Compression Fracture – What Is It, And What Causes It?

A compression fracture is simply a vertebra collapse either because of trauma or because of a vertebra weakening. This kind of condition is seen in most patients with osteogenesis imperfect or osteoporosis and even those with lytic lesions from primary tumors, or metastatic. In healthy patients, this medical condition commonly occurs in people suffering from severe vertical shocks. They are one of the most obvious types of fracture that affect the spine.

What causes compression fractures?

Any injury to the spinal cord can cause a compression fracture of the spine. This type of fracture can also happen if cancer in other parts of the body spreads to the spinal cord. This infection weakens the spine bones making them more prone to easy compression fractures. Age is another factor that can cause this type of fracture. For instance if you are almost 60 years old and you experience frequent back pain, chances are you might be suffering from spinal compression fracture. Therefore, do not assume that it is just a normal way of getting older.

Back pains and aches may be a sign of possible small fractures occurring in the vertebrae (bones forming a spine). Weakened and soft pine bones are at the center of this problem. When these bones are brittle, any physical activity can easily trigger minor compression fractures of spine. For instance, if you slip on the floor, bending to lift a heavy thing, or missing a step can lead to fracture. Surprisingly, even sneezing or coughing can also cause extreme cases of the osteoporosis. After several small compression fractures, the body will start showing the effects. Eventually, little hairline fractures can lead to spinal compression fracture.

What are the Symptoms

As there are various causes of compression fractures, symptoms also vary in relation to these causes. For example if the conditions are caused by weakened, thin bones then little or no pain is felt at first. In some cases, pain is centrally felt over the affected area. In addition, the fracture gives the spinal cord a hunched look. The vertebral height loss also makes the muscles on both sides of the spine shorter. This impact forces muscles on the back to strain and work harder, thus causing muscle pain and fatigue. However, this pain occurs temporarily and it disappears after some weeks.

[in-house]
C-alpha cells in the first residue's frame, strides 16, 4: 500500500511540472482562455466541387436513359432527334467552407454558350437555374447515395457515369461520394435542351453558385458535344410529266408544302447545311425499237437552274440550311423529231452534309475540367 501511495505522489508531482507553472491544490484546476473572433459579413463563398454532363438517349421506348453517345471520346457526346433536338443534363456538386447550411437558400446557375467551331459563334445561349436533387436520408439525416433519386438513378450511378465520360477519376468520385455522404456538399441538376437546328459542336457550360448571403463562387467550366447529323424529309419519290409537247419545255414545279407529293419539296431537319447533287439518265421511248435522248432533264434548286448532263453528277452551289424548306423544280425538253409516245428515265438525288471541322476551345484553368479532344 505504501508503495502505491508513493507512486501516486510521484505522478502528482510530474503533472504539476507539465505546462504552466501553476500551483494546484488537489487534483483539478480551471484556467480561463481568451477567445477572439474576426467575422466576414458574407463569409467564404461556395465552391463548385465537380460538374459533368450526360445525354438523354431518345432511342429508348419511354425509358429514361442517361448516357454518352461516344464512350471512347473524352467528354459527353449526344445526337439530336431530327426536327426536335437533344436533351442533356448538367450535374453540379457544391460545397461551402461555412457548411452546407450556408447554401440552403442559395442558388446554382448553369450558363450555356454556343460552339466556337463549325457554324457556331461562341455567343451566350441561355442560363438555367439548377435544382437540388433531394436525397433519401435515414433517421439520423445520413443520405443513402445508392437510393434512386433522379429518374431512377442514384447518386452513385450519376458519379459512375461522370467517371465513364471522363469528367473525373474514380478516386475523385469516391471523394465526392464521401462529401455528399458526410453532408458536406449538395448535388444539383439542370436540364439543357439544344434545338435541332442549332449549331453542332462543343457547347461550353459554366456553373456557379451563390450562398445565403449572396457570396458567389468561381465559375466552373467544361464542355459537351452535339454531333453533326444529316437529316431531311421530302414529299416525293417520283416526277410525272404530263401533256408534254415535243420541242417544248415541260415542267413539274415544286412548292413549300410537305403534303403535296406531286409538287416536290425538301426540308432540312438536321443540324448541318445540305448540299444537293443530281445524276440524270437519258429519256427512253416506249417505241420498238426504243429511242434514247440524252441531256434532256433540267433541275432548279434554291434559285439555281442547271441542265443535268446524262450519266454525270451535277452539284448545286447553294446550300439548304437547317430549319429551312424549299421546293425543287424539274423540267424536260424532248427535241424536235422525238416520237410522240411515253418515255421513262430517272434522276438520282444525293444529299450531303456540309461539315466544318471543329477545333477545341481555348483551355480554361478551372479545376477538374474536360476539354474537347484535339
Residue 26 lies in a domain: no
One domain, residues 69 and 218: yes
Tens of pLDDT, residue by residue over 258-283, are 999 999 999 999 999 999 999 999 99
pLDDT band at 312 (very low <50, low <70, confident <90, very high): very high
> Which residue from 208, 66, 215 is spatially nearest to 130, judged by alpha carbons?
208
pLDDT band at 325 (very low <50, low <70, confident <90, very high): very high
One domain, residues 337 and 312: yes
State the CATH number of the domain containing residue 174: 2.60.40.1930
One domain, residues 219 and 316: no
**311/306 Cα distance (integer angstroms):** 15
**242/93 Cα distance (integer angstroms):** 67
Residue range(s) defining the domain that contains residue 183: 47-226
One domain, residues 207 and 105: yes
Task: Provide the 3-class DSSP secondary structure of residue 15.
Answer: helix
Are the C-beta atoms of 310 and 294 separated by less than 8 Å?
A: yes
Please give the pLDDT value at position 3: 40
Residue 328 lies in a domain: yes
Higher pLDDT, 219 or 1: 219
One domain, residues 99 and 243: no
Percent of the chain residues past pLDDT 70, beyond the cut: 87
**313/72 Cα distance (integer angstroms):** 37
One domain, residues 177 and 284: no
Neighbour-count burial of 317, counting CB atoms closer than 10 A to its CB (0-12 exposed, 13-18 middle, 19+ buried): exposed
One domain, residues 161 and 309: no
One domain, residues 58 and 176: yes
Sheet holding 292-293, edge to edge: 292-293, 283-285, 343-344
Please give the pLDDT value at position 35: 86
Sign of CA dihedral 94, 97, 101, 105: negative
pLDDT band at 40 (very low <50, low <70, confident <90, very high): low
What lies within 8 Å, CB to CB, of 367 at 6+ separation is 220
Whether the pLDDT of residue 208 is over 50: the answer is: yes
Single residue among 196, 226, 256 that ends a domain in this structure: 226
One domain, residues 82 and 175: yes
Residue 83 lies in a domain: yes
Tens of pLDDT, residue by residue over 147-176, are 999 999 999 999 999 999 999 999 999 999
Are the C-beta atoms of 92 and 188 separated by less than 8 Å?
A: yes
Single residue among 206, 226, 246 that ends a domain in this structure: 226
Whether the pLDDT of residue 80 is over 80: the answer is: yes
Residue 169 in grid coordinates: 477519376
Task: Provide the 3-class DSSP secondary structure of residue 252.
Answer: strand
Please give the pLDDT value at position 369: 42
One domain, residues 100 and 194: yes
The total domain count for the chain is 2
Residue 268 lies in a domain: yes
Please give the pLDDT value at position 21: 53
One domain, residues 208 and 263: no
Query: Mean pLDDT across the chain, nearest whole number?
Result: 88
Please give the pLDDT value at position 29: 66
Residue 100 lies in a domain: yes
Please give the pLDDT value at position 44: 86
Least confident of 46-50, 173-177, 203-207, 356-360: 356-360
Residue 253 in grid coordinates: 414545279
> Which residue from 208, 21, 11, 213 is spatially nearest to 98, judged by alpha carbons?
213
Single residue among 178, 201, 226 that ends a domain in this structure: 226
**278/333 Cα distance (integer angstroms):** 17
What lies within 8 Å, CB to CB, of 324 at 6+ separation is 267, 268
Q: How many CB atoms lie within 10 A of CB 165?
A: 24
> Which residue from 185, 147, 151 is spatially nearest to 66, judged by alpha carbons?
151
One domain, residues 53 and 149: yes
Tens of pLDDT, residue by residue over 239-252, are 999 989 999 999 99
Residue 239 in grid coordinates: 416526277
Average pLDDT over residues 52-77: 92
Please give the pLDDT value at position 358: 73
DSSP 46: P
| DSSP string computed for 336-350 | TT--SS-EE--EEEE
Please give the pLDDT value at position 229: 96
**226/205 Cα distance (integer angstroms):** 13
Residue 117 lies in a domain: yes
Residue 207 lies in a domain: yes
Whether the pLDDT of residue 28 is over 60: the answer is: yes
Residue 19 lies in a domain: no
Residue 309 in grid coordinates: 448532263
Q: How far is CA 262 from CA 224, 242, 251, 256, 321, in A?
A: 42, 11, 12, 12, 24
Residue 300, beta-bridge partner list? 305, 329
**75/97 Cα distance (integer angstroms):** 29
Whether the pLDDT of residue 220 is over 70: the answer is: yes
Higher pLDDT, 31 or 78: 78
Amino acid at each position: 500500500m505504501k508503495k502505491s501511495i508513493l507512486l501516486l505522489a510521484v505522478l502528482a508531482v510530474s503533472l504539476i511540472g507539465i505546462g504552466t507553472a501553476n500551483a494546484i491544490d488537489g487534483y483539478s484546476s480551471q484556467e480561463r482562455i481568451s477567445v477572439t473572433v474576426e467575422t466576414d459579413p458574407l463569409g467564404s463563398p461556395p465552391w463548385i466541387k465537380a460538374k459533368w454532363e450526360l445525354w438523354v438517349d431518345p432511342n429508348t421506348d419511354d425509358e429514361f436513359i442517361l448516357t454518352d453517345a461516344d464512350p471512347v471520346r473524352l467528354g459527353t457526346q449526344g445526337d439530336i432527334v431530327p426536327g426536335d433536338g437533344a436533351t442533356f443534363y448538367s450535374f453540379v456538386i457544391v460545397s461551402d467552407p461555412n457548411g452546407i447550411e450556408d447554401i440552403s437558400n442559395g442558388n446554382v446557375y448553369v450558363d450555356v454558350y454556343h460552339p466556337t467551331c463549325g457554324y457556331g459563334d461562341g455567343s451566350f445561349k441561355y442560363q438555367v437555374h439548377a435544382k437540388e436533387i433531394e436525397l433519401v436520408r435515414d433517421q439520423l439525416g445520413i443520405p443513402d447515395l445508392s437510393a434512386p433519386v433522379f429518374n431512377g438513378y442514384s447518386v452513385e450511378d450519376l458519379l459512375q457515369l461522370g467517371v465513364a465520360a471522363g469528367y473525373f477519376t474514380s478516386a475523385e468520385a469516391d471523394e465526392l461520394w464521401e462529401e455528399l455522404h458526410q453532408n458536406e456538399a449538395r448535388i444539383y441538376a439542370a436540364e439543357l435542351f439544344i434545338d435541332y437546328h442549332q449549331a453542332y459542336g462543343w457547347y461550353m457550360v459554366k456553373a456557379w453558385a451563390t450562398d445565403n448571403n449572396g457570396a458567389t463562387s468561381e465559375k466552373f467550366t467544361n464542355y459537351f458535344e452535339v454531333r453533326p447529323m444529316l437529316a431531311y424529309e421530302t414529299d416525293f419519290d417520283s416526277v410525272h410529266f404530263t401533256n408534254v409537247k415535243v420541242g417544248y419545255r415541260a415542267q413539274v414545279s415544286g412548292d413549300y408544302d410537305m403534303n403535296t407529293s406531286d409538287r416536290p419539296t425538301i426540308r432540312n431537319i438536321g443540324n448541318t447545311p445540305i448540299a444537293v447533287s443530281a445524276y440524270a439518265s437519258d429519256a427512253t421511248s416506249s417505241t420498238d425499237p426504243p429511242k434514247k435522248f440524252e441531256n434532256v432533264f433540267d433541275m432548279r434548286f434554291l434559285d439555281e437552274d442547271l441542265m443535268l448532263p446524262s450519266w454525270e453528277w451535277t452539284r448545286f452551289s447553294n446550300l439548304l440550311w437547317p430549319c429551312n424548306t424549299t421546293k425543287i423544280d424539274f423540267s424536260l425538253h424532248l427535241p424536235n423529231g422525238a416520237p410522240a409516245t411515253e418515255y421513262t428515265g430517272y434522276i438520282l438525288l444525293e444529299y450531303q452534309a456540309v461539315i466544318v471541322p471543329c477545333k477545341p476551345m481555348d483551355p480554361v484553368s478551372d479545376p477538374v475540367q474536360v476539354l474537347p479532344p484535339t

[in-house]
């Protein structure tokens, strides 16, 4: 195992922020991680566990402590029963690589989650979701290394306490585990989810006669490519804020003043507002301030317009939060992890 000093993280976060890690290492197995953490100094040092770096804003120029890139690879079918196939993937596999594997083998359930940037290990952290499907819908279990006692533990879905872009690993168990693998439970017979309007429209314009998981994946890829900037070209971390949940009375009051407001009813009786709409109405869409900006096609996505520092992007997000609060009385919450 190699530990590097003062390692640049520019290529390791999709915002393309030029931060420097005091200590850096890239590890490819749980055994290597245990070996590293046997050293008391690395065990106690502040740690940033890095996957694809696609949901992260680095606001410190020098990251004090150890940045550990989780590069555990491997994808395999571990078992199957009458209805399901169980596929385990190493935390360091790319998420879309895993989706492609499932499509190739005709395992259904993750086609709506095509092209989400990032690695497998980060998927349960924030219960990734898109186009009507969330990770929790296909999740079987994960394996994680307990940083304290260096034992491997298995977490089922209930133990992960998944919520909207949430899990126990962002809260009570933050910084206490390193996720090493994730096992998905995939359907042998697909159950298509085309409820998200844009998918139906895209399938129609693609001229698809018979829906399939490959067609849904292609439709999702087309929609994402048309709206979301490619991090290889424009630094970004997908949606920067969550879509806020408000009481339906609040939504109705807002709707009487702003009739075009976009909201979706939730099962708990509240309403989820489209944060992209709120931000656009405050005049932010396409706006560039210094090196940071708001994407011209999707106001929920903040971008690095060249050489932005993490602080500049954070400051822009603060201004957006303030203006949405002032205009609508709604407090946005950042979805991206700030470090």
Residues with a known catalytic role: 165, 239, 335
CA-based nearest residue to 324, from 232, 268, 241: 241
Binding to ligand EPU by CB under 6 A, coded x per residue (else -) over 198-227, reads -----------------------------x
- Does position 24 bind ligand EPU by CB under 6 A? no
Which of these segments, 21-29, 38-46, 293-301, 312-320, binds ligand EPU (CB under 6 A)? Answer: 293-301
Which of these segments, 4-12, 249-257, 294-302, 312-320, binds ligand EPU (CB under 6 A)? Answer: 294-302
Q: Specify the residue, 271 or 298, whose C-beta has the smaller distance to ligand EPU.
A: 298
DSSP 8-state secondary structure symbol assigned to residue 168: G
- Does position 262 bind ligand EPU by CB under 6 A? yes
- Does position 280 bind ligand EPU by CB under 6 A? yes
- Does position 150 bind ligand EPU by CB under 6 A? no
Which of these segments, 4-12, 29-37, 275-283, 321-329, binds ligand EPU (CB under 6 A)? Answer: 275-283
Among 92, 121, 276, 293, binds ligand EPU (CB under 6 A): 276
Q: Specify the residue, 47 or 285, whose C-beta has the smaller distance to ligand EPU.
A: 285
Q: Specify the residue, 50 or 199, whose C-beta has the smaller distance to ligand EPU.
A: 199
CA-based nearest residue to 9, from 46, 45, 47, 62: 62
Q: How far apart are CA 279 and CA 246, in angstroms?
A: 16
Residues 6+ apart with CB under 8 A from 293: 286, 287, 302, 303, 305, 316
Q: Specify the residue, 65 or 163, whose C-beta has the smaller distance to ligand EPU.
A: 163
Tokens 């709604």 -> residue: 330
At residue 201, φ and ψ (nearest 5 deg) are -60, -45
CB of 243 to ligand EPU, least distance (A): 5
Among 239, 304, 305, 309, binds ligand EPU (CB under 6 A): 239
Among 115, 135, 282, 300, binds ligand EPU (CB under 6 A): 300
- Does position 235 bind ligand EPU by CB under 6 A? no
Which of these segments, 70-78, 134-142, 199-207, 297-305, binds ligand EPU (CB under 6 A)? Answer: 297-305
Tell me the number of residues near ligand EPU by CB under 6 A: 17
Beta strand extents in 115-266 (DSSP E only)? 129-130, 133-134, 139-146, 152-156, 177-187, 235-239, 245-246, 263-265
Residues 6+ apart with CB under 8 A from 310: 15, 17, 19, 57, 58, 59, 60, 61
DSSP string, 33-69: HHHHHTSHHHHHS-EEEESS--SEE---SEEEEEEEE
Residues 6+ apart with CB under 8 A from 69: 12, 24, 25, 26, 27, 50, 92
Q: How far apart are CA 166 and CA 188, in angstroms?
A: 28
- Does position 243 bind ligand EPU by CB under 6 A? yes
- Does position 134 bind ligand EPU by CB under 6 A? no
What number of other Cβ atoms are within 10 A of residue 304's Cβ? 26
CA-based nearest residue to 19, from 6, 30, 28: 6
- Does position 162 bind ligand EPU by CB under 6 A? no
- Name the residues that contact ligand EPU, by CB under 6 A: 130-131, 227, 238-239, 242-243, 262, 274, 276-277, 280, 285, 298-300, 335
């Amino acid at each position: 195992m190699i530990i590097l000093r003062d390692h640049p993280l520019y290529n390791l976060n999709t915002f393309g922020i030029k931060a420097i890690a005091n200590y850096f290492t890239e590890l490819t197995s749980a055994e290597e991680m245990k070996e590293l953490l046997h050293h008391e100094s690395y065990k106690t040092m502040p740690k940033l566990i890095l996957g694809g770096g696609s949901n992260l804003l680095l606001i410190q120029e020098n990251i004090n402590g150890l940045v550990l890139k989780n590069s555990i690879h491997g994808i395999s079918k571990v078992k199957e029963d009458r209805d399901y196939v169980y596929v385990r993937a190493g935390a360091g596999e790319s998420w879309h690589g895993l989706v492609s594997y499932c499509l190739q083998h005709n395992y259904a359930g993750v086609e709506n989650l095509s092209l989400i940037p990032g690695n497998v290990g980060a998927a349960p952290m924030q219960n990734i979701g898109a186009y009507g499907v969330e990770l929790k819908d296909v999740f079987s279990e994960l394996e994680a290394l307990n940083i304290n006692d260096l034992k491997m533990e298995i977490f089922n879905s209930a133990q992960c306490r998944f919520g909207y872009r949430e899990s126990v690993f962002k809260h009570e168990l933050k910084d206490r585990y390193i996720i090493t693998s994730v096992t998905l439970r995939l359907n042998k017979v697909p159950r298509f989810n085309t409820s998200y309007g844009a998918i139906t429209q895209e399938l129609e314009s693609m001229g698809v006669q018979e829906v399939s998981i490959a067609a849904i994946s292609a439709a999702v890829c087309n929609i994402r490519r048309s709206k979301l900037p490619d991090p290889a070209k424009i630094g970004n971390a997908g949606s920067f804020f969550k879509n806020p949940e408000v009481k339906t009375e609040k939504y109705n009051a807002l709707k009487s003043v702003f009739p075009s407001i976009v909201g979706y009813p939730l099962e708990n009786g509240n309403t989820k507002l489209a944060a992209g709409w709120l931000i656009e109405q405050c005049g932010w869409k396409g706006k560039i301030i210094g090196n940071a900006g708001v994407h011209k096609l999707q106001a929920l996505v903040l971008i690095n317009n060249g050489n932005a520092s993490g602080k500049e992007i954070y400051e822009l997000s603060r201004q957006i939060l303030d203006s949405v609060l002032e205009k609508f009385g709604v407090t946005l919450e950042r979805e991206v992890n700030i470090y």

A traumatic condition resulting from this kind of fractures can lead to severe pain in the back, which also into other parts of the body such as legs. If the compression fracture is extremely damaging the spinal cord, the bone fragments may stay in the spinal canal, hence pressing on the vertebral body. This condition can paralyze body muscles as well as impairing sensation in the parts of the body supplied through damaged nerve tissues. This kind of fracture may also lead to instability of the spine. When this occurs, the spine will eventually tilt forward into the increased kyphosis. It can also lead to potential occurrence of future spinal complications.

Treatment options available

There are various treatment options available for rectifying these conditions. These include nonsurgical treatment option, which only uses simple remedies to treat this condition. In fact, the majority of people suffering from such fractures are treated without undergoing through surgical procedures. Surgery is another treatment option available. In this case, a patient has to go through a surgical procedure in order to recover from this condition. Surgical procedure includes two options as well: the vertebroplasty and the kyphotoplasty. Rehabilitation is also another way of treating compression fracture patients.

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